Nat Turner driving tour gets federal funds

Published 9:26 am Wednesday, July 28, 2010

COURTLAND—The Virginia Department of Transportation has awarded Southampton County $420,000 in federal funds to help develop a driving tour that would roughly follow the path of Nat Turner and the slave rebellion he led in August 1831.

“We are really excited about it,” Rick Francis, the county clerk and a member of the Southampton County Historical Society, said Monday of the grant award. “This will be a great addition to supplement what we’re trying to do to the Rebecca Vaughan House and to the Heritage Village area.”

The society, historians and county officials envision restoring the Rebecca Vaughan House and using it as a visitors’ center and starting point for both a driving tour of the Southampton Insurrection of 1831 and a walking tour of historic buildings in Courtland.

Southampton will receive the Enhancement Program funds beginning in October, but the county is acting on behalf of the historical society, which will in turn meet a requirement to contribute $105,000 in matching funds toward the project. The funds will be used to develop interpretive signs, a travel brochure and map, and to acquire some easements and build turnouts along local roads.

Francis said he and two other society members, S.V. Camp and Kitty Futrell, are on a committee trying to determine the exact route the driving tour would take. It’s a difficult task because most of the structures from the time of the rebellion no longer stand.

“We are going back through and re-evaluating all of the research on several sites,” Francis said. “We’re trying to confirm and identify the exact locations of some of the houses that up to now have been in question. We know generally where they were, but in order to precisely say ‘there it was’ is a little bit tough.”

Although the precise route of the driving tour is still being determined, Francis said it would traverse mostly paved roads and could be between four and five hours in length. He said a final route could be selected as early as 2011.

“We’re trying to logistically get people there easily with as little back tracking as possible,” Francis said. “I think (visitors) will really be able to get a grasp for the lay of the land and comprehend the amount of ground (Turner) covered in such a short amount of time.”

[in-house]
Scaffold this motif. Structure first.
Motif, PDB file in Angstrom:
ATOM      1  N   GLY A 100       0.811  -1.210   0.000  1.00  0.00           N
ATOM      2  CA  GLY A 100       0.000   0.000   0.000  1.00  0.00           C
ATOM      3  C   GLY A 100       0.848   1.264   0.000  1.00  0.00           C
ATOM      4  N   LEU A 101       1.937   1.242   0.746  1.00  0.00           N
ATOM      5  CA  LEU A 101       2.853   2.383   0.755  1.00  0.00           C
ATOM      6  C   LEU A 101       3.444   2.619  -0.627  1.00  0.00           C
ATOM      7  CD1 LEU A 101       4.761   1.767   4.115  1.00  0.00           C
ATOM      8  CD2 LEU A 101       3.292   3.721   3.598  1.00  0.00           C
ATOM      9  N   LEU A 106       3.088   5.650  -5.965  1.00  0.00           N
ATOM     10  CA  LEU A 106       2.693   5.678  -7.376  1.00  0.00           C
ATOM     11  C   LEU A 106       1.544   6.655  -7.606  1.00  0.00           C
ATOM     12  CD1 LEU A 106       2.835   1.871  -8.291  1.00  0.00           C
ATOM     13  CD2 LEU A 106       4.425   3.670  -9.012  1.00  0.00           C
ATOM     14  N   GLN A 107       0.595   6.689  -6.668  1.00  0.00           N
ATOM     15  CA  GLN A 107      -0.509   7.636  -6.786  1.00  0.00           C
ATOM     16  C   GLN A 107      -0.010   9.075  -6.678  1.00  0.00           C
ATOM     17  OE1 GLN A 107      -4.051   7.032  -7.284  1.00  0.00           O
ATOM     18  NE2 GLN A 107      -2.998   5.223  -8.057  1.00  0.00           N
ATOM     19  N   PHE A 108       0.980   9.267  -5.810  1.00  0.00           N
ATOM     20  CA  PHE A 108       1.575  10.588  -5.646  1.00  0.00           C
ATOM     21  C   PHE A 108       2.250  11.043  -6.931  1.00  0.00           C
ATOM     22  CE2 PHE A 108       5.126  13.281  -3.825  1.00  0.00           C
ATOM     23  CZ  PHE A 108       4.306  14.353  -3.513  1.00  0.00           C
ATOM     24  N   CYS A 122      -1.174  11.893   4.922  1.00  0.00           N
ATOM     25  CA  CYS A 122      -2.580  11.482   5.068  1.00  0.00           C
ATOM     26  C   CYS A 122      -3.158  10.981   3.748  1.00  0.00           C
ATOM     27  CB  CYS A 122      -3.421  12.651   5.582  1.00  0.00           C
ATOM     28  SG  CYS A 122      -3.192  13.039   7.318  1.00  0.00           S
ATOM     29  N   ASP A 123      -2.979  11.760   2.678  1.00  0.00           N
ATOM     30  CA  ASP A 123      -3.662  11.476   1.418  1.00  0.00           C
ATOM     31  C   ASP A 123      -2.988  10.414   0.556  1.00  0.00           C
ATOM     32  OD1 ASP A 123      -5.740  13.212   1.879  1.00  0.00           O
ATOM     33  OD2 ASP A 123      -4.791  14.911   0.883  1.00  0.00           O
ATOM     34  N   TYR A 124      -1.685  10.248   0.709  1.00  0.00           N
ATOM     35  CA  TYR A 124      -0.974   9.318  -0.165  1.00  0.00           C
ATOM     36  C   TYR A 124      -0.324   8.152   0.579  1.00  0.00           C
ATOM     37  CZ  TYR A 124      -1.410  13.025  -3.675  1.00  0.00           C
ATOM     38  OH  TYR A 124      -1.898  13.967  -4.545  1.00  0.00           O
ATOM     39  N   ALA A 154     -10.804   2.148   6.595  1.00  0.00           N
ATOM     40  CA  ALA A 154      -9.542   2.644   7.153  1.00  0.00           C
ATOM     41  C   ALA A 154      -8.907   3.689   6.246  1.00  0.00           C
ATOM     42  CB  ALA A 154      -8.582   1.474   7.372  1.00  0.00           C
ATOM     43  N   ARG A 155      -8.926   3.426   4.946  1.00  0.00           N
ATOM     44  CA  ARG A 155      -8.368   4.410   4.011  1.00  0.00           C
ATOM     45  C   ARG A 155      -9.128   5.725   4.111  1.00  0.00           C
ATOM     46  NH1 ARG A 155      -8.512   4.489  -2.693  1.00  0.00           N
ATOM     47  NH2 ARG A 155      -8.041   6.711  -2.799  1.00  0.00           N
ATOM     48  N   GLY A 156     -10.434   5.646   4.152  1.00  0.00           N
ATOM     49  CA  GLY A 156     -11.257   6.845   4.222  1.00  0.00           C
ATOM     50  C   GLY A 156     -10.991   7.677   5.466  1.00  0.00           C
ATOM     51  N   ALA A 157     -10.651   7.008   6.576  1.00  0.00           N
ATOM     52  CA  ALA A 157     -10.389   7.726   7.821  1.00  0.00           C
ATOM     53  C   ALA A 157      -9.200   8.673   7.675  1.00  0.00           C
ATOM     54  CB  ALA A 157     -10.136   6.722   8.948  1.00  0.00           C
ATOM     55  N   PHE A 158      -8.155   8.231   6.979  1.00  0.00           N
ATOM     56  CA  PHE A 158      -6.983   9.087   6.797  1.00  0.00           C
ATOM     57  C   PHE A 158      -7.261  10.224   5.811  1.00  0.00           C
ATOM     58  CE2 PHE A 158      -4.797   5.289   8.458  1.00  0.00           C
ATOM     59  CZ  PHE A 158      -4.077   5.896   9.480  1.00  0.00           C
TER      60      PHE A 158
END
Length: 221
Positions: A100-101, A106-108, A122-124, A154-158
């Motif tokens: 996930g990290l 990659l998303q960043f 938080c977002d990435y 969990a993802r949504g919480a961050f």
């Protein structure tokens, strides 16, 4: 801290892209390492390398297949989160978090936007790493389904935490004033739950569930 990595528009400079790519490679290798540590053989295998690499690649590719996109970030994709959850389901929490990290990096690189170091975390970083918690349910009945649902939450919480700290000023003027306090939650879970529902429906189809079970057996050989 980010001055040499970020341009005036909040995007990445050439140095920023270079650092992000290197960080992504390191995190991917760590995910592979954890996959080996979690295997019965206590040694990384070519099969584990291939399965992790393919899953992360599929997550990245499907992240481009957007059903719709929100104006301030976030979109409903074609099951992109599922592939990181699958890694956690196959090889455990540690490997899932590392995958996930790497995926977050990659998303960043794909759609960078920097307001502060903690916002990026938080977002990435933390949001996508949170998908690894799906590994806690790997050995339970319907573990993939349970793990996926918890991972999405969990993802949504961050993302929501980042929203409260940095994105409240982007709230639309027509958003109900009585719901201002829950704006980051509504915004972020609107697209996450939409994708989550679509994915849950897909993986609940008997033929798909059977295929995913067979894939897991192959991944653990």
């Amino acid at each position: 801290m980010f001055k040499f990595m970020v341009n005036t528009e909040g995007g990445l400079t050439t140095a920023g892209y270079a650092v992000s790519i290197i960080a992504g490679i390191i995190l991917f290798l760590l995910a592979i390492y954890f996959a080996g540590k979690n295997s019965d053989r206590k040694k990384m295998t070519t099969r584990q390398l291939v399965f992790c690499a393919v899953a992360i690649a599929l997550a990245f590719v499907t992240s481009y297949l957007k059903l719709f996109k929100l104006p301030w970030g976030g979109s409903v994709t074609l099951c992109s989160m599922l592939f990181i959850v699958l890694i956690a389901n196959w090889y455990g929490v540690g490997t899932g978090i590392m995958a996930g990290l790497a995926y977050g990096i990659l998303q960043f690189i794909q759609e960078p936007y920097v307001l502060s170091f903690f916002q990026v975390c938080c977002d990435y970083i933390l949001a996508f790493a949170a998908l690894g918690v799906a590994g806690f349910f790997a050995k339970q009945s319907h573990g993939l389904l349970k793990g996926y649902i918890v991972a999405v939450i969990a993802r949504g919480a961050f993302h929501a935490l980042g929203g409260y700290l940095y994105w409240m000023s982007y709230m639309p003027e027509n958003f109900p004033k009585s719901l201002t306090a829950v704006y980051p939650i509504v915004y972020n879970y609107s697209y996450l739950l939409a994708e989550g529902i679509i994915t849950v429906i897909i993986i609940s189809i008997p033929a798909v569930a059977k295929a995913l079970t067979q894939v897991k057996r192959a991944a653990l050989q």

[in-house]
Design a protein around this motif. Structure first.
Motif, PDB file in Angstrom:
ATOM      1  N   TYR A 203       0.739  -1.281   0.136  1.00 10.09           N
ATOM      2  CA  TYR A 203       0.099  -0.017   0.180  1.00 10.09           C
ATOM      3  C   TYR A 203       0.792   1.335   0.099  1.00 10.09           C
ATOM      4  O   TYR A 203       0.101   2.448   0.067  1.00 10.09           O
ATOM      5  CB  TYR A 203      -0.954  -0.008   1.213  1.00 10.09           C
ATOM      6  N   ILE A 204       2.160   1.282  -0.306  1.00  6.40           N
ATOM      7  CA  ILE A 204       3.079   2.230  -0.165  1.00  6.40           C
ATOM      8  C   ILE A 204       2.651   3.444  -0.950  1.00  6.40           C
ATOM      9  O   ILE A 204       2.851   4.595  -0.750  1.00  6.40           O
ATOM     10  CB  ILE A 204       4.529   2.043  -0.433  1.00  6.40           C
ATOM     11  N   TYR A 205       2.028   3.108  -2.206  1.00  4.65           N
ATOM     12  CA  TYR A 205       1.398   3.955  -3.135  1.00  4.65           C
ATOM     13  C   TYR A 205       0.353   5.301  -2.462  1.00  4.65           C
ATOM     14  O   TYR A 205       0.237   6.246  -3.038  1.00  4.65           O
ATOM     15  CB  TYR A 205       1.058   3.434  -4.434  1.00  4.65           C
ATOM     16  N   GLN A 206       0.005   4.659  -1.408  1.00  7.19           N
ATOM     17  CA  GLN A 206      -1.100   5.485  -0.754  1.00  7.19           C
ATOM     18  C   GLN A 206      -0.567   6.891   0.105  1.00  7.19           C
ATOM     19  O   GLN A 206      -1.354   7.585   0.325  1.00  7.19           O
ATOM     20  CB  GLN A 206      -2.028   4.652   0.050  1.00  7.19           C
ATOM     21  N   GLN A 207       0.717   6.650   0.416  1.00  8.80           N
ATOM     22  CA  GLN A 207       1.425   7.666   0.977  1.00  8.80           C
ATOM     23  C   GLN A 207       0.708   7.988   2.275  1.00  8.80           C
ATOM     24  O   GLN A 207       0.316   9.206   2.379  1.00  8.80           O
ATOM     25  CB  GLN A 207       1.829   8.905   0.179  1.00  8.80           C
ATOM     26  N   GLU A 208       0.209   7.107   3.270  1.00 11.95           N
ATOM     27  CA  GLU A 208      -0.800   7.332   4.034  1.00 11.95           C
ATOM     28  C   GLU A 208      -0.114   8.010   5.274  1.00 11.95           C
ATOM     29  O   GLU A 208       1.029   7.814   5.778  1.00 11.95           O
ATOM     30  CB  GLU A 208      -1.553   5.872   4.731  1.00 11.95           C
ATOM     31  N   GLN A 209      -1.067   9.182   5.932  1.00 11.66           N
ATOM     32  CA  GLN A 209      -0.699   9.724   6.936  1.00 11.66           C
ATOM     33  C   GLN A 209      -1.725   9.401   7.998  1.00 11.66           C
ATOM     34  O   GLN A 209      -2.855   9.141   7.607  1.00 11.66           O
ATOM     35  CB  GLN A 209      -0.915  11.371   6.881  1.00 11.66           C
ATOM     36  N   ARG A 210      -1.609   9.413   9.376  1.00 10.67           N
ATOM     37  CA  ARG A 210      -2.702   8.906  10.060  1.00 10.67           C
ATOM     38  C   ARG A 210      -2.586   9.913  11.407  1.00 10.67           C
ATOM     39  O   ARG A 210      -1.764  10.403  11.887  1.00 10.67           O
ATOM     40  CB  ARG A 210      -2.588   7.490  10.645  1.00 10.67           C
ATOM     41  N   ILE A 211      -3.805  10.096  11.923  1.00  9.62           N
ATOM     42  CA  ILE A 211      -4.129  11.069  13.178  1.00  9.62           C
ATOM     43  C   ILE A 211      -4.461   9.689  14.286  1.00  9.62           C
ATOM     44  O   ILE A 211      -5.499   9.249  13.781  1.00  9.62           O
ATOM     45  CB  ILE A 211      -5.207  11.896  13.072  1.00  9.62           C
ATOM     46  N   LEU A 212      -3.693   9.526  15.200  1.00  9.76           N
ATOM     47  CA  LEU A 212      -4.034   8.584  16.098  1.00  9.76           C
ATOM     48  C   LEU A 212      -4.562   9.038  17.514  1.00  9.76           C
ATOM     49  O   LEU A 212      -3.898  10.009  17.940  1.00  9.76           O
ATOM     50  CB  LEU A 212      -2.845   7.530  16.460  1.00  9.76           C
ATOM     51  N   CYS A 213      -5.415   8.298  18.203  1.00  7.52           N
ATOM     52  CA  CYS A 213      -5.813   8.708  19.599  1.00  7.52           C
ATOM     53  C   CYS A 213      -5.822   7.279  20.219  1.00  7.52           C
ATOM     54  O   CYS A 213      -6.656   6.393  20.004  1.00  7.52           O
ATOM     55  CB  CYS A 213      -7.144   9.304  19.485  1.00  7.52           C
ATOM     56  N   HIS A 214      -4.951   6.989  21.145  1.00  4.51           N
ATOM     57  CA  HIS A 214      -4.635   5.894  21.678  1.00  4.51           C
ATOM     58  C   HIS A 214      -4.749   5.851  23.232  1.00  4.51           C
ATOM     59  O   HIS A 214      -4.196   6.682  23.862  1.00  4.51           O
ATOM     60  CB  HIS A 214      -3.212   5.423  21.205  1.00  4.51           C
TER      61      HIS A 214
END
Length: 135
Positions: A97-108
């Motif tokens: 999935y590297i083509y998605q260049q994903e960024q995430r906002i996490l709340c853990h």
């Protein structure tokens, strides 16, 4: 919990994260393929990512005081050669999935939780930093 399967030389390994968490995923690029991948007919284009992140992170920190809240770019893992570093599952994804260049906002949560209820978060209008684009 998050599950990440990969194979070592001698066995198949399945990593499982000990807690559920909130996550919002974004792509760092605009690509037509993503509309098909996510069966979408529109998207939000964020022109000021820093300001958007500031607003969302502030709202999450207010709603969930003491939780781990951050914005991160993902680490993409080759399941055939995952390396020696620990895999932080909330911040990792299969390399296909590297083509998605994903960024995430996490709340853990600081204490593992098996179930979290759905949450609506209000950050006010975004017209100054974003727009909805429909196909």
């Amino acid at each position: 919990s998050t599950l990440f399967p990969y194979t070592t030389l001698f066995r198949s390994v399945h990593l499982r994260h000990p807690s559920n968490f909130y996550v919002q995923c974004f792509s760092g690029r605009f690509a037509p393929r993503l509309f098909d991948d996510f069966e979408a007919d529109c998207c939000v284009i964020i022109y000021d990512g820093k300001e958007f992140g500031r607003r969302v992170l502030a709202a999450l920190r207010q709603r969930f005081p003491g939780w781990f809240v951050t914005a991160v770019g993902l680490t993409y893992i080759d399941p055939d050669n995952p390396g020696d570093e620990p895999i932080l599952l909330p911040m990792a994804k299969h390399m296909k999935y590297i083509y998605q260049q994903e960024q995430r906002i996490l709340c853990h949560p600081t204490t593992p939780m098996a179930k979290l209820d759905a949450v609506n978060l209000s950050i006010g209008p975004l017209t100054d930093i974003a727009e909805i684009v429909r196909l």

Turner and more than 70 other slaves and free blacks went on a murderous rampage on Aug. 21 and 22, 1831, killing 55 whites, including women and children. Hundreds of blacks, most of whom had nothing to do with the rebellion, were then slain by whites in reprisal killings over the following weeks.

In November, Boykins-Branchville District Supervisor Carl Faison said the rebellion was an event “the county has overlooked for a long time. It is a potential source of income, and it’s also a segment of our history that we have closed our eyes to. It really needs to be drawn out and (given) the proper interpretation.”

Historian, preservationist and author John Quarstein had added, “This is one of the most powerful pieces of history in Virginia. The seeds of abolitionism are created thanks to the horrible yet meaningful rebellion that Nat Turner led.”

Francis’ great-great-uncle and aunt, Joseph and Sallie Travis, were among the victims. He serves as guide and narrator for an annual bus tour that crisscrosses the heart of the terrain of the rebellion in southwestern Southampton County.

“I get a request for a driving tour at least once every two weeks,” Francis said, adding that many other tour buses visit the area as well. “There’s a lot of interest from people wanting to come here and drive around the sites.”

The Rebecca Vaughan House, which is on both the National and State Registers of Historic Places, was the scene of the last murders of whites from the uprising. The building was moved to its current location in 2004. Interior demolition and cleanup work was performed in 2009, and the house received a new roof earlier this year.

The society plans to expand an existing walking tour of Courtland to include the county courthouse, Mahone’s Tavern, the Rochelle-Prince House, a pauper’s cemetery and the sites where Turner was jailed and executed.